Change the world

11/05/2020

Be it song, dance, mime, art, theatre or the spoken word, the visual arts have the capacity to touch – and educate the heart – like nothing else.

And so, Nelson Mandela University’s division of Arts, Culture and Heritage, is set on enhancing wellness through a series of innovative virtual interventions during the COVID-19 pandemic.

The songs, interviews, tributes, visual story-telling, poetry and dance lined up for virtual sharing as part of the University’s #MaskUpMandela movement in the weeks ahead, should come as a panacea to written COVID-19 information overload.

“The barrage of important messaging on new (safe) behaviours and social practices, can lead to mental and emotional exhaustion.

“We want to counter this with messaging about wellness, balance and positivity to encourage methods of coping and self-control,” says Deputy-Director Arts, Culture and Heritage Ryan Pillay.

He says traditional forms of psychotherapy rely on words, but that this has its limitations.

And so, enter the Arts to provide a unique platform “where creatives can contribute to the upliftment of their communities, and of the country as a whole”.

The University’s Director of Emthonjeni Student Wellness, Phumeza Kota-Nyati acknowledges the benefits of the Arts as a therapeutic tool, adding that their Expression Through Art workshops have given students the liberty to be creative and express themselves in a safe space.

The second “arts therapy” piece being launched today, is a special rendition of Johnny Clegg’s “Great Heart” by Nelson Mandela University Choir members led by conductor Ulagh Williams.

“We are looking for fresh ways in which these beautiful voices can contribute to the campaign.”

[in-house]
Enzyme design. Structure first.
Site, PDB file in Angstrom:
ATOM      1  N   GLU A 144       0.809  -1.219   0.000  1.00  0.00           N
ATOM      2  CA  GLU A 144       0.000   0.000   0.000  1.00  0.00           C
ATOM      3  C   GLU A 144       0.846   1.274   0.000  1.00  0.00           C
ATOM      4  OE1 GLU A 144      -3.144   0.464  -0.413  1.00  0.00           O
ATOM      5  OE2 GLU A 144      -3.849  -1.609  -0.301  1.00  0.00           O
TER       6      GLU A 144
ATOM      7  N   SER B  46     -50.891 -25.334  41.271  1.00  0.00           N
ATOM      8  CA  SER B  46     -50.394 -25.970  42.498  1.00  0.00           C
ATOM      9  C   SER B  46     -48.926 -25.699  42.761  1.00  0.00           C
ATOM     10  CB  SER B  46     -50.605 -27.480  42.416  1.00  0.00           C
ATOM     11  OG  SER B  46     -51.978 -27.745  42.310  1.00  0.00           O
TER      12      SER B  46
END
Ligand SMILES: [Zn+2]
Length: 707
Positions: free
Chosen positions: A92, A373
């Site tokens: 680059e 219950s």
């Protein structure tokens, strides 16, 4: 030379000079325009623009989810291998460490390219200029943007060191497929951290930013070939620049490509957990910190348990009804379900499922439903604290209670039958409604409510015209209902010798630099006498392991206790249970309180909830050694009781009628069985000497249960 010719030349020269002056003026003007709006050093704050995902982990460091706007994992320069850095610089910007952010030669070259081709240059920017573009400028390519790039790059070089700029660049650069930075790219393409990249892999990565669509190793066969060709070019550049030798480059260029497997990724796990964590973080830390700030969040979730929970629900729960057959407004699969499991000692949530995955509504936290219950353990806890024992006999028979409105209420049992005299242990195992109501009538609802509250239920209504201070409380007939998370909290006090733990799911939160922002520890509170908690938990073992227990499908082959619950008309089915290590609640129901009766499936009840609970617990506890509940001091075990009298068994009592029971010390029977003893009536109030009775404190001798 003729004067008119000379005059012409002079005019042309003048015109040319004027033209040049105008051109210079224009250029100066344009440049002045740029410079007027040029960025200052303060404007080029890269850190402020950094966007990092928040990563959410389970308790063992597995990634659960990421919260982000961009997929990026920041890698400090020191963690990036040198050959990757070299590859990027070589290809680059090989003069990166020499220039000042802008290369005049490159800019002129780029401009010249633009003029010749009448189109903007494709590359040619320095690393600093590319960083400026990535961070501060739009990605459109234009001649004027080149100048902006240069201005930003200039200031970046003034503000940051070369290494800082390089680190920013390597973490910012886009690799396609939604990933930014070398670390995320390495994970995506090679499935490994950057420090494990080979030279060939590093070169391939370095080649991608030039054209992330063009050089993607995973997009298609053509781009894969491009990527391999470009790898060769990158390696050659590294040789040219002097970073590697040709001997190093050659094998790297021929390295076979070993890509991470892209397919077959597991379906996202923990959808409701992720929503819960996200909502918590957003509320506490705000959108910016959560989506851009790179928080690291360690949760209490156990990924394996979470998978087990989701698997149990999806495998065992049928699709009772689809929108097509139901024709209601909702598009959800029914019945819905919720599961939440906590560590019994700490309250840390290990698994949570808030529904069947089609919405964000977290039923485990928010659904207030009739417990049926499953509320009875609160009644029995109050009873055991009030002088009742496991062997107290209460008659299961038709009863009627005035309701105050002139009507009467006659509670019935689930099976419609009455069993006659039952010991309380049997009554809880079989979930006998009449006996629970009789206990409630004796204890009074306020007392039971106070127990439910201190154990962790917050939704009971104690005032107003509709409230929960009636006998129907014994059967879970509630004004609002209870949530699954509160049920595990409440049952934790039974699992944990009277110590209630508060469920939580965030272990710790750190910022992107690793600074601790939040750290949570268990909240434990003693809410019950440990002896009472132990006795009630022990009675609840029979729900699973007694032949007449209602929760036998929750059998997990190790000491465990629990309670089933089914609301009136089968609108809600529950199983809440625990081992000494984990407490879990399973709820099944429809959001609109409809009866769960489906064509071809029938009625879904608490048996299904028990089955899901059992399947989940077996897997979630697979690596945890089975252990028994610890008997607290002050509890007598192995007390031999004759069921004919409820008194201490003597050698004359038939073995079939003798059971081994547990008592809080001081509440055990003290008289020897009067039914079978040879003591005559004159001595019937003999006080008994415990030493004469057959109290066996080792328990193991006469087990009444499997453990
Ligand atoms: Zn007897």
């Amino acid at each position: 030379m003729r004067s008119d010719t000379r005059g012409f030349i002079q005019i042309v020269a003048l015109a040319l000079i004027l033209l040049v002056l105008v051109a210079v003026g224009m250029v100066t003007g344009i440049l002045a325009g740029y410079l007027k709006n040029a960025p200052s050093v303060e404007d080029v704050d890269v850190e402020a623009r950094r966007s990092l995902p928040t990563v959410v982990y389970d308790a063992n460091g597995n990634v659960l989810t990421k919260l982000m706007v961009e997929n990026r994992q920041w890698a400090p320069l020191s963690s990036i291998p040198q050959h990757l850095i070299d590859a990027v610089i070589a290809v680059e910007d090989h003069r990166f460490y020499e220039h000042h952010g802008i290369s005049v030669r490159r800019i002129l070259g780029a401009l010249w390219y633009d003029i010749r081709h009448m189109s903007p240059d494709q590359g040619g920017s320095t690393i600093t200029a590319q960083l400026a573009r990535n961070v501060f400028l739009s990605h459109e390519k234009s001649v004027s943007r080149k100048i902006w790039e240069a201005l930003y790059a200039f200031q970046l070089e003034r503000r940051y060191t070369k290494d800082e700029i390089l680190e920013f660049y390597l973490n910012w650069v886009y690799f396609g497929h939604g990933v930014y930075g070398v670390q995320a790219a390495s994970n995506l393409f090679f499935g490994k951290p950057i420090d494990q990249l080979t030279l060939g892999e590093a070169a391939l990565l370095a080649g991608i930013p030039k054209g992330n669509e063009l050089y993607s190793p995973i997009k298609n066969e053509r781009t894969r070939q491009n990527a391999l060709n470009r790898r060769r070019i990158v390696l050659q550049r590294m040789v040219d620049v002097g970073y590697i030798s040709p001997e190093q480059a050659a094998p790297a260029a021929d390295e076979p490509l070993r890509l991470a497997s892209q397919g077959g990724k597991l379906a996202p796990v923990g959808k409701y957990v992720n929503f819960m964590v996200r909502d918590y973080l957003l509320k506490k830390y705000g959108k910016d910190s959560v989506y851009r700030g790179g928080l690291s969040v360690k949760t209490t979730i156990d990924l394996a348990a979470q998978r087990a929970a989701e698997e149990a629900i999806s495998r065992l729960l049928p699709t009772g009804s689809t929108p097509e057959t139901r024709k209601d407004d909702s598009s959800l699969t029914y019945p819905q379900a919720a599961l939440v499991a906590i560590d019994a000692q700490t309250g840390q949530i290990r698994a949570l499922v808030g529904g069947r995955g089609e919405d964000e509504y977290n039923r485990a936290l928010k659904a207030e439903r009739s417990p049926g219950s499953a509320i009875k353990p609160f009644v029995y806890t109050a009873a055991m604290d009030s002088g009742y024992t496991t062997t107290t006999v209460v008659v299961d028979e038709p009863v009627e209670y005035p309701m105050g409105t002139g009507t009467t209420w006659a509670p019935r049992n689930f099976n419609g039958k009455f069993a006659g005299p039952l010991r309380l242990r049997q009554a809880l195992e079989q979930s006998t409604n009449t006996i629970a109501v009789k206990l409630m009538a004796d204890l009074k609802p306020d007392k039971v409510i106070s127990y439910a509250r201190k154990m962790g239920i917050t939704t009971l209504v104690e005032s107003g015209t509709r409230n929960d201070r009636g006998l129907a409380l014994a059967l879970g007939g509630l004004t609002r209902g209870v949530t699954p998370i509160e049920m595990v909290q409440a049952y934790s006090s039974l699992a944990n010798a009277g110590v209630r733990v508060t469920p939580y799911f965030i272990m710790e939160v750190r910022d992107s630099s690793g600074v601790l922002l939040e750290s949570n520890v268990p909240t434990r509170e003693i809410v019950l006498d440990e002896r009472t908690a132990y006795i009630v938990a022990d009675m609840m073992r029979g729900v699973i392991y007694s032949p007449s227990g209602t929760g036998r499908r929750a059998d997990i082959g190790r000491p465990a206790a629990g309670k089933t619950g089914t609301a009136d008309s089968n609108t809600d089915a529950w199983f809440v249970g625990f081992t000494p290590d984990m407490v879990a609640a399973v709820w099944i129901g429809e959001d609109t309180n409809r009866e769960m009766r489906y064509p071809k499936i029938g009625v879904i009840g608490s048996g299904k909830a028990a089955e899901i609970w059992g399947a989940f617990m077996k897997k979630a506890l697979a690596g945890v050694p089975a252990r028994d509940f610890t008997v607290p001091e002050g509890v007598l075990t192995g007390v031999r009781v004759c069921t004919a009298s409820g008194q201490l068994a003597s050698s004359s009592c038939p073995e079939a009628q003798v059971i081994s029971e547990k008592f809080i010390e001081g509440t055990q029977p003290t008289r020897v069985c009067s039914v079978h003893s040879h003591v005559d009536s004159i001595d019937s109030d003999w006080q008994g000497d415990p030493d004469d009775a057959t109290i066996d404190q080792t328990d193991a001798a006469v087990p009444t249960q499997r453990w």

Ulagh says it is also vital that students in the Arts continue to perform and collaborate with each other, as the discontinuation of live music leads to isolation.

“Music is a communal practise and can’t happen in a vacuum. It needs to be shared, and through these digital offerings, we hope to inspire and comfort those who feel overwhelmed by the Lockdown,” says Ulagh, adding that capturing the voices in so many locations had been challenging.

The choir is set to share another inspirational video, featuring a new arrangement of the iconic “Plea From Africa” by John Knox Bokwe. A specially composed jingle by Ulagh in collaboration with TwoTone Music is another planned item for the campaign.

The “first act” in the campaign showcased the University’s rich jazz culture as a tribute to the COVID-19 frontline workers as part of International Jazz Day on 30 April.

Other participants in the #MaskUpMandela campaign include the Ballroom Society, the Madibaz Cheerleaders and a number of poets.

“By harnessing the talents of our students, staff and various communities, we can make a valuable contribution towards wellness by keeping the arts alive,” says Mr Pillay.

He says social behaviours will need to adapt, and some will have to stop as we look at how we live and what we know of the virus at this time.

“These new cultural norms will dictate newly constructed practices, particularly in the Arts. Part of our ‘new normal’ will be creating our balance through physical, internal creative constructions.”

Some of the members of the Mandela University Choir performing Johnny Clegg's Great Heart from their homes.

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